EVALUATION OF NEW MODELS OF PRIMARY CARE
- Evaluation of the Quality Improvement & Innovation Partnership (QIIP) Learning Collaboratives
- Evaluation of Partnerships for Health
1 - Title: Evaluation of the Quality Improvement & Innovation Partnership (QIIP) Learning Collaboratives
Abstract: In 2005, the Ontario Ministry of Health and Long-Term Care (MOHLTC) embarked upon a series of strategic initiatives aimed at improving the health status of Ontarians. To this end, Family Health Teams were initiated with a primary mission to improve access to effective, comprehensive, patient-centred, team-based primary healthcare. The Quality Improvement & Innovation Partnership (QIIP) was instituted to assist with the shift from the traditional reactive model of healthcare delivery to a proactive planned approach. The major objective of QIIP is to support the formation of inter-professional care teams, improve community healthcare partnerships, and initiate quality improvement programs aimed at improving primary healthcare delivery in Ontario. QIIP’s Learning Collaboratives program aimed to improve the care of diabetes patients, colorectal screening, and access to care. Partnering with Queen’s University, the CDA Chair and the Centre for Studies in Family Medicine have initiated a comprehensive third-party evaluation of this program. The evaluation will include the collection of information through surveys, interviews, chart reviews, and an analysis using health administrative data.
2 - Title: Evaluation of Partnerships for Health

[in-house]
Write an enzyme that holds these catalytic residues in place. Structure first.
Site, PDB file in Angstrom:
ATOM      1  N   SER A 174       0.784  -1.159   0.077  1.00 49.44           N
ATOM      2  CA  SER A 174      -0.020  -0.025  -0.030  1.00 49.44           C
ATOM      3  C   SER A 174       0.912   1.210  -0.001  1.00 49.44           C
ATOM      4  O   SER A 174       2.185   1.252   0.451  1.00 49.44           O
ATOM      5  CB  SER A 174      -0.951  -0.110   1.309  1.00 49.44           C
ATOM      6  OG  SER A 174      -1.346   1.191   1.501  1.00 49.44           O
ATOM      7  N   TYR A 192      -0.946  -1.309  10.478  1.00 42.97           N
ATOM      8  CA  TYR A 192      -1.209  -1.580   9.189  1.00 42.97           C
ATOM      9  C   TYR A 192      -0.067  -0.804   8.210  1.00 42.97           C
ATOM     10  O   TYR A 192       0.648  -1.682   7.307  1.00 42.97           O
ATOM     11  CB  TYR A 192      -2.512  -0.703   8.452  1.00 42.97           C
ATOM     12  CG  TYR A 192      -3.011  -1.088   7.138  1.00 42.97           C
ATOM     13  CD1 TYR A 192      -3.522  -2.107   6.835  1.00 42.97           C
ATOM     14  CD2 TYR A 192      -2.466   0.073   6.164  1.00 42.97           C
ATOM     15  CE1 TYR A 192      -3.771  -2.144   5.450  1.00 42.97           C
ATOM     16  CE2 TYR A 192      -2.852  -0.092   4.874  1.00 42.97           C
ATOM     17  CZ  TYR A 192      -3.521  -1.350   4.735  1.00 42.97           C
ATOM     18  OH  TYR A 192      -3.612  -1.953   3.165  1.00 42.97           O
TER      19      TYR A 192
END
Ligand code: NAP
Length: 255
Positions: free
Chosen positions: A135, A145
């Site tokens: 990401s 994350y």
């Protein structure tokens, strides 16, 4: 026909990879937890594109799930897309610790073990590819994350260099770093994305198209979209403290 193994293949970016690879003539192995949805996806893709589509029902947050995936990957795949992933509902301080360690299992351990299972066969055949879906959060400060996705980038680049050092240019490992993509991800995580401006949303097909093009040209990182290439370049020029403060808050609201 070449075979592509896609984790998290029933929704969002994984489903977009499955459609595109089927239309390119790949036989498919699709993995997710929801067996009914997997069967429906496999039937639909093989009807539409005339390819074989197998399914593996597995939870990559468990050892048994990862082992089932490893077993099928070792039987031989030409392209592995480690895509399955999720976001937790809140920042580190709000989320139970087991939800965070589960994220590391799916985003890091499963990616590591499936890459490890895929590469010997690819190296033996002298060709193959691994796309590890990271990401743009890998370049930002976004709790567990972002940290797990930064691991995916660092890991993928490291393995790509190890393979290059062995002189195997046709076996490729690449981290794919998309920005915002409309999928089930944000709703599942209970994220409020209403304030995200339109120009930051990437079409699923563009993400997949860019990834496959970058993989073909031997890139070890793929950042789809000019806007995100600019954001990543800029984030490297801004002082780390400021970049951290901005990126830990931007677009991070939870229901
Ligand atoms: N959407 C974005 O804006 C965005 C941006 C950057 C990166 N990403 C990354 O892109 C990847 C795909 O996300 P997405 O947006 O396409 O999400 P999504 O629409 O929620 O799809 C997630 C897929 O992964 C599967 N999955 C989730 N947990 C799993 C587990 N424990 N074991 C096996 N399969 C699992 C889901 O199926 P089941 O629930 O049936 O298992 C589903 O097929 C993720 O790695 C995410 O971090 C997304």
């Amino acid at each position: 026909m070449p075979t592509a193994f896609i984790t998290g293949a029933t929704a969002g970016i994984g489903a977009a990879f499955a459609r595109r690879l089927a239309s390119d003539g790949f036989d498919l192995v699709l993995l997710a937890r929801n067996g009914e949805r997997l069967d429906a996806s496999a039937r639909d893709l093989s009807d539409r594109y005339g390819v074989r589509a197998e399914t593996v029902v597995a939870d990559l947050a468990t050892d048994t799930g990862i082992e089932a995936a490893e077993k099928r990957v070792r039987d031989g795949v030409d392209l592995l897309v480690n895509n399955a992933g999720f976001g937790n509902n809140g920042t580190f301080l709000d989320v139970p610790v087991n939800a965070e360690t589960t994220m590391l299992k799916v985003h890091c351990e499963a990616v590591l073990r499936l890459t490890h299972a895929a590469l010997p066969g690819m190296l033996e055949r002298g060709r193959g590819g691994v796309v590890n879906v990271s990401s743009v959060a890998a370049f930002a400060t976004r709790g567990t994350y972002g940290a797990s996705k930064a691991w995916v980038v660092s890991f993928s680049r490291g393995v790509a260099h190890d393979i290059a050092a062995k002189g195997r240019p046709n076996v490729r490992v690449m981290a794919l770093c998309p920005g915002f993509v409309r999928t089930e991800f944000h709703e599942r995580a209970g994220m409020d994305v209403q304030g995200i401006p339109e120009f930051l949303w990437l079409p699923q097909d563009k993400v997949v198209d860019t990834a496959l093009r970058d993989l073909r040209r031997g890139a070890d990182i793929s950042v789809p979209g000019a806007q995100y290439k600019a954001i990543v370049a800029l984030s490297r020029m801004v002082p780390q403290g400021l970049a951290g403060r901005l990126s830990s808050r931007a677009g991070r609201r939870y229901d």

Abstract: The CDA Chair and the Centre for Studies in Family Medicine have recently completed a comprehensive, mixed-method, evaluation of the Partnerships for Health project. This demonstration project in the Southwest Local Health Integration Network aimed to improve diabetes management in the family practice setting by: (1) educating health professionals at “Learning Collaboratives” regarding CDPM framework and optimal diabetes care; (2) supporting participants as they incorporated “Plan-Do-Study-Act” initiatives; (3) integrating case workers from Community Care Access Centres and other health professionals into the family practice group. The focus of the evaluation was to determine the impact of the project on chronic illness care delivery and diabetes care processes and clinical outcomes using survey, interview, focus group and chart review methods. The evaluation found that the project improved knowledge of chronic care and quality improvement strategies. As well, primary care team functioning, the delivery of diabetes care, and clinical outcomes were improved compared to before the project.
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